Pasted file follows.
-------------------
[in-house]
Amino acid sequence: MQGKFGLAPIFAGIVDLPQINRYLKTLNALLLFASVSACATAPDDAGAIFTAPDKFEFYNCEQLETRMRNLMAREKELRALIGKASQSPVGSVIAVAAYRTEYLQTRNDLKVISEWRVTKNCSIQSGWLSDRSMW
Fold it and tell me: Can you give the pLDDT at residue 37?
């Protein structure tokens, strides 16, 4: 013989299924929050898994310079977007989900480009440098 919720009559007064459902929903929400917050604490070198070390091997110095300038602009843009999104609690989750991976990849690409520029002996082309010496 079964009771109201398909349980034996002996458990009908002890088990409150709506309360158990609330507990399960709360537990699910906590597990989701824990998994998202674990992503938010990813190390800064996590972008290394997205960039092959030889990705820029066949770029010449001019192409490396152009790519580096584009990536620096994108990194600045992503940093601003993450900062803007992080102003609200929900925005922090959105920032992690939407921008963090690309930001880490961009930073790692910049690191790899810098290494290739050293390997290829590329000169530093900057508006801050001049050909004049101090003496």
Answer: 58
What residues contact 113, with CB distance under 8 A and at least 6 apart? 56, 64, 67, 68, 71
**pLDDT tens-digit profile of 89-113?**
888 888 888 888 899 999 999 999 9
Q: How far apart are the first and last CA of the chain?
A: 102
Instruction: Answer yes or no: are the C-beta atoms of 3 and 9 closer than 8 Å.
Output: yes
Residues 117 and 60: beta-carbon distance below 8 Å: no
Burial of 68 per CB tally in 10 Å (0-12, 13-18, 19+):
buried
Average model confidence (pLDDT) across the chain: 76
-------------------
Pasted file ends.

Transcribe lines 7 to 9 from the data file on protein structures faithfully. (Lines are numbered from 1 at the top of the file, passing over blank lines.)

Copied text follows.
**pLDDT tens-digit profile of 89-113?**
888 888 888 888 899 999 999 999 9
Q: How far apart are the first and last CA of the chain?